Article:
Walker Valley divers learn at new depths in Florida Keys trip
by Special to the Banner
Jan 06, 2013 | 811 views | 0 0 comments | 7 7 recommendations | email to a friend | print
DIVING INSTRUCTOR Justin Wetzel stands with Ocoee Middle School student Skyler Swafford and Walker Valley High School diving students Beth Roebuck, Elizabeth Hayes, Anna Harvey, Bristol Snider, Christian Torbett and John Hayes. At far right, diving instructor Bryan Snell encourages his students to “hang loose” during a WVHS oceanography trip to the Florida Keys. The WVHS students were able to scuba dive near the coral reef.
DIVING INSTRUCTOR Justin Wetzel stands with Ocoee Middle School student Skyler Swafford and Walker Valley High School diving students Beth Roebuck, Elizabeth Hayes, Anna Harvey, Bristol Snider, Christian Torbett and John Hayes. At far right, diving instructor Bryan Snell encourages his students to “hang loose” during a WVHS oceanography trip to the Florida Keys. The WVHS students were able to scuba dive near the coral reef.
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Walker Valley High School oceanography students recently obtained their scuba diving certifications on a field trip to the Florida Keys.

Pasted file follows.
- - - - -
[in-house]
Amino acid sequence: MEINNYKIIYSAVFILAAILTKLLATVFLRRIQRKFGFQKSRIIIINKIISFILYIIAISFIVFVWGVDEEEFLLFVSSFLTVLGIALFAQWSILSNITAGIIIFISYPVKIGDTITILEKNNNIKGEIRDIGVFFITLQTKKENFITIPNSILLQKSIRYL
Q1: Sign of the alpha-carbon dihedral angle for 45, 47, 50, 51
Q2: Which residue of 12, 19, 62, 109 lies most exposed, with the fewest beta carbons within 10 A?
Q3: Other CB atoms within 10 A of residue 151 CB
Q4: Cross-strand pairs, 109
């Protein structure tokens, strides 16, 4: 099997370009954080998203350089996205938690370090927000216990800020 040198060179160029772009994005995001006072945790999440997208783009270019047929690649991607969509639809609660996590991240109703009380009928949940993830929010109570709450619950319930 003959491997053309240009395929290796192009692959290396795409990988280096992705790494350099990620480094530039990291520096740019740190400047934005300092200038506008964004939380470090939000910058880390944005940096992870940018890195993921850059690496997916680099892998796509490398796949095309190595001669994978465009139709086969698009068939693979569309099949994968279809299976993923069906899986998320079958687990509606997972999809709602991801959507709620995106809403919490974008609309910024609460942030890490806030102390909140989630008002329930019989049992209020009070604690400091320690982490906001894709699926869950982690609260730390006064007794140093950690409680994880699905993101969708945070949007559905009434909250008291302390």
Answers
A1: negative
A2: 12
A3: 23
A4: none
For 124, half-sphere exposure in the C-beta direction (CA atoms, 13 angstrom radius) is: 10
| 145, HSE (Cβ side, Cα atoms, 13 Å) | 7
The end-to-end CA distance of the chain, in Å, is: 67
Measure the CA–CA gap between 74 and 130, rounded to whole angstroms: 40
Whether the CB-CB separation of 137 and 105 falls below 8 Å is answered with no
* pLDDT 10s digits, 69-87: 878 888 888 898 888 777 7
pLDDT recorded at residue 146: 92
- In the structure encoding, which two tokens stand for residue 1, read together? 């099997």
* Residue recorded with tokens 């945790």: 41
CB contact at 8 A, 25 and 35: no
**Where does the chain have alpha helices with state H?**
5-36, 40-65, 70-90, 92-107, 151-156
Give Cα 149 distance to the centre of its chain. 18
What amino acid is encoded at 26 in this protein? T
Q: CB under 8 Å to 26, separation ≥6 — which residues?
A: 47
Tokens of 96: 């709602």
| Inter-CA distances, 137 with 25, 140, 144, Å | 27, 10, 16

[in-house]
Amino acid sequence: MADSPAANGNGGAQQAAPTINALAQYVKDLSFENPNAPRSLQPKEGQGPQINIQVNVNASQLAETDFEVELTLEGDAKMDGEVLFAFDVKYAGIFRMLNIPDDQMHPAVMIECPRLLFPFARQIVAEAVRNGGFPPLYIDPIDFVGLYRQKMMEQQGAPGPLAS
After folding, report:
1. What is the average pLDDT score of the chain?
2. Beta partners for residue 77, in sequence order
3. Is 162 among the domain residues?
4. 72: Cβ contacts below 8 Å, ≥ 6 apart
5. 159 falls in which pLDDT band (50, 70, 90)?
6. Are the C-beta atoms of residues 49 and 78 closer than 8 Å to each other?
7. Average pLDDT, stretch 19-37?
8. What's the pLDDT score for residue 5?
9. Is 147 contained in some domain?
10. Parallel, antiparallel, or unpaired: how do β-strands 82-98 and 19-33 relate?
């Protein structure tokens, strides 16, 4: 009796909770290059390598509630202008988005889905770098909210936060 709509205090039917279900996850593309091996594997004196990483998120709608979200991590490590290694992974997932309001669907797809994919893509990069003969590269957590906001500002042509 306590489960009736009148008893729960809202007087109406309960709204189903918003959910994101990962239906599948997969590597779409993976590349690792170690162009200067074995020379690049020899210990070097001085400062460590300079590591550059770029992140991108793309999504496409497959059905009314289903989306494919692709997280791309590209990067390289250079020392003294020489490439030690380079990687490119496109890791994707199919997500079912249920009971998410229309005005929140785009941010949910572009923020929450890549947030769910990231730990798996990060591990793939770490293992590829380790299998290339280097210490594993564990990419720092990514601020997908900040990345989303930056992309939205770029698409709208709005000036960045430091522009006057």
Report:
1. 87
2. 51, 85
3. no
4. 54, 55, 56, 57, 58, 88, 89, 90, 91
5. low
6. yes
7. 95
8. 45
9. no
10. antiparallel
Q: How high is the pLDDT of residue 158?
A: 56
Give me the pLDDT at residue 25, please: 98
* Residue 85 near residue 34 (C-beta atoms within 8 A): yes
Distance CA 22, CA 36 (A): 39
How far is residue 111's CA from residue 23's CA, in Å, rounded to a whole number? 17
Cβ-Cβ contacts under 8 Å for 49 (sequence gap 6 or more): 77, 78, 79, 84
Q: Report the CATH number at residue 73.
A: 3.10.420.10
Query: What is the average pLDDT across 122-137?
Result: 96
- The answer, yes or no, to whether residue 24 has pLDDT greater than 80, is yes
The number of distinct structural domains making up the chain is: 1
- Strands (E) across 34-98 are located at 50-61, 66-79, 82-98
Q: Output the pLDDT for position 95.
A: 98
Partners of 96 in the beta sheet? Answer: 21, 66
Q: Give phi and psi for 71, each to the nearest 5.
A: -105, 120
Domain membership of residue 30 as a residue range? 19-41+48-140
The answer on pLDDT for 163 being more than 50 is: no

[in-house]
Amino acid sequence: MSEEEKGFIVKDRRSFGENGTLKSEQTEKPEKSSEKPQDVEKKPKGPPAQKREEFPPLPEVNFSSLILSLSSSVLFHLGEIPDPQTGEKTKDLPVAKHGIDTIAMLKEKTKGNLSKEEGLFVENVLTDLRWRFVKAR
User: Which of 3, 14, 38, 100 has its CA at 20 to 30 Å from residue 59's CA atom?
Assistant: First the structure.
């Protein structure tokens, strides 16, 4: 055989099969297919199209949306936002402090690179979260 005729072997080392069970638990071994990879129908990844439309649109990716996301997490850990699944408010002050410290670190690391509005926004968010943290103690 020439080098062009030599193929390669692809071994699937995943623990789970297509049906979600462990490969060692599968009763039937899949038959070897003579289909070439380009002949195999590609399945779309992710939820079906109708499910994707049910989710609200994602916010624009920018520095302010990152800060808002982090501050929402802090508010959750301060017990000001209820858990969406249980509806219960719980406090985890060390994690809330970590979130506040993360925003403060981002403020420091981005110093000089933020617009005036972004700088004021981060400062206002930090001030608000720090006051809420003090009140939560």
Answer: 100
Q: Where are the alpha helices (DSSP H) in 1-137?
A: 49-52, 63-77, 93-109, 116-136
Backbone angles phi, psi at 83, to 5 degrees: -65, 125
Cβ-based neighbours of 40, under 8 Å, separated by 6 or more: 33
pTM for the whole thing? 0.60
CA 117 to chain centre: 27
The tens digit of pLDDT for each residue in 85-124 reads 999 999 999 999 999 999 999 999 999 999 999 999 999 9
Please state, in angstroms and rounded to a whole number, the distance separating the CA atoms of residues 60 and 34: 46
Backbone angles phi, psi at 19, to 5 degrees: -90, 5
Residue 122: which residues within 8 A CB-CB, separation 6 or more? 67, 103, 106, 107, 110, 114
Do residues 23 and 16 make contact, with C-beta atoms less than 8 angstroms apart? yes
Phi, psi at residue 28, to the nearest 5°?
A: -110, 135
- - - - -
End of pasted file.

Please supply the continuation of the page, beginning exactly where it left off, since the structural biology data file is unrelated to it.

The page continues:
The trip was designed to enable the students to discover a whole new world that less than 1 percent of the world's population gets to experience. This was a chance for them to be able to see and be a part of the ecosystems and organisms that they have studied in oceanography class.

They were required to pass the PADI written test as well as the open water requirements in order to get their certification. The trip was set up through Below H2O Scuba Diving Academy in Clermont, Fla. The owner and dive instructor, Bryan Snell, currently lives in the Orlando area, but is from the Florida Keys and was able to set up a dive trip for the students. This is the second set of scuba divers from WVHS, but the first to experience the reefs. The others had some beautiful freshwater springs to dive in.

“Scuba diving isn’t a cheap hobby, but it is definitely an amazing one that these students will be able to enjoy for the rest of their lives,” oceanography teacher Nikki Swafford said.

“My hope is to spark the interest of the students through diving so that they may one day play a part in preserving and protecting our oceans.”